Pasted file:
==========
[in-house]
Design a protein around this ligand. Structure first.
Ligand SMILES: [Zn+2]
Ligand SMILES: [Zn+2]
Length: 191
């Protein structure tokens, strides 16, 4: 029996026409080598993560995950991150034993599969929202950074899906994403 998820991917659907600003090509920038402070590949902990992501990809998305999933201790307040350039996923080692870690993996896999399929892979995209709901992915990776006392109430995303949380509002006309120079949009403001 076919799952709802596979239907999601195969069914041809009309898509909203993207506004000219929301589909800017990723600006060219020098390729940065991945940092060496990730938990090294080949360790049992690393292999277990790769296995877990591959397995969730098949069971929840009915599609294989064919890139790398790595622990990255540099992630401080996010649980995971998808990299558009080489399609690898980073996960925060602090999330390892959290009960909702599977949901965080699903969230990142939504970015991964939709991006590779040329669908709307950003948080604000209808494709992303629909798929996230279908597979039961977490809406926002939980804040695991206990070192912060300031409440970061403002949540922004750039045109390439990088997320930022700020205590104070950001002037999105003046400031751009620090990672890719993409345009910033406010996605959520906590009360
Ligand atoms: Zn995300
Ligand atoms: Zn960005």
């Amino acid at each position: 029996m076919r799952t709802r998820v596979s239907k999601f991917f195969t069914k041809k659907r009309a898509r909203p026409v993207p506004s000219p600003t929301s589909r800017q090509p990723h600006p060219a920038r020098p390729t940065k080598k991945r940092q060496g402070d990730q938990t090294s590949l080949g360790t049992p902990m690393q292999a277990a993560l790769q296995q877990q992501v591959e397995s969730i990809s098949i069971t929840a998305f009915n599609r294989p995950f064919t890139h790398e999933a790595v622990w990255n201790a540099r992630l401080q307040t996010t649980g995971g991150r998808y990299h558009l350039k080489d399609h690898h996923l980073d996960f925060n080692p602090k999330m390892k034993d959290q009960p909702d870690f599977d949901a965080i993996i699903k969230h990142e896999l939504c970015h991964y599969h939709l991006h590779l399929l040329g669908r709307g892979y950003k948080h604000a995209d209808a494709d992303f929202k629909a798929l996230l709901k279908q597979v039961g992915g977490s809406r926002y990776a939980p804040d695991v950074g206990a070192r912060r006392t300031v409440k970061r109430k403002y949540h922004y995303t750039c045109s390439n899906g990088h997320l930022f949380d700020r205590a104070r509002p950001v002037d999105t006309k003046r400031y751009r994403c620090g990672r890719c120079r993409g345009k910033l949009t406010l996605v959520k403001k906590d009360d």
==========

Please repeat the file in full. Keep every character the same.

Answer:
[in-house]
Design a protein around this ligand. Structure first.
Ligand SMILES: [Zn+2]
Ligand SMILES: [Zn+2]
Length: 191
């Protein structure tokens, strides 16, 4: 029996026409080598993560995950991150034993599969929202950074899906994403 998820991917659907600003090509920038402070590949902990992501990809998305999933201790307040350039996923080692870690993996896999399929892979995209709901992915990776006392109430995303949380509002006309120079949009403001 076919799952709802596979239907999601195969069914041809009309898509909203993207506004000219929301589909800017990723600006060219020098390729940065991945940092060496990730938990090294080949360790049992690393292999277990790769296995877990591959397995969730098949069971929840009915599609294989064919890139790398790595622990990255540099992630401080996010649980995971998808990299558009080489399609690898980073996960925060602090999330390892959290009960909702599977949901965080699903969230990142939504970015991964939709991006590779040329669908709307950003948080604000209808494709992303629909798929996230279908597979039961977490809406926002939980804040695991206990070192912060300031409440970061403002949540922004750039045109390439990088997320930022700020205590104070950001002037999105003046400031751009620090990672890719993409345009910033406010996605959520906590009360
Ligand atoms: Zn995300
Ligand atoms: Zn960005």
């Amino acid at each position: 029996m076919r799952t709802r998820v596979s239907k999601f991917f195969t069914k041809k659907r009309a898509r909203p026409v993207p506004s000219p600003t929301s589909r800017q090509p990723h600006p060219a920038r020098p390729t940065k080598k991945r940092q060496g402070d990730q938990t090294s590949l080949g360790t049992p902990m690393q292999a277990a993560l790769q296995q877990q992501v591959e397995s969730i990809s098949i069971t929840a998305f009915n599609r294989p995950f064919t890139h790398e999933a790595v622990w990255n201790a540099r992630l401080q307040t996010t649980g995971g991150r998808y990299h558009l350039k080489d399609h690898h996923l980073d996960f925060n080692p602090k999330m390892k034993d959290q009960p909702d870690f599977d949901a965080i993996i699903k969230h990142e896999l939504c970015h991964y599969h939709l991006h590779l399929l040329g669908r709307g892979y950003k948080h604000a995209d209808a494709d992303f929202k629909a798929l996230l709901k279908q597979v039961g992915g977490s809406r926002y990776a939980p804040d695991v950074g206990a070192r912060r006392t300031v409440k970061r109430k403002y949540h922004y995303t750039c045109s390439n899906g990088h997320l930022f949380d700020r205590a104070r509002p950001v002037d999105t006309k003046r400031y751009r994403c620090g990672r890719c120079r993409g345009k910033l949009t406010l996605v959520k403001k906590d009360d």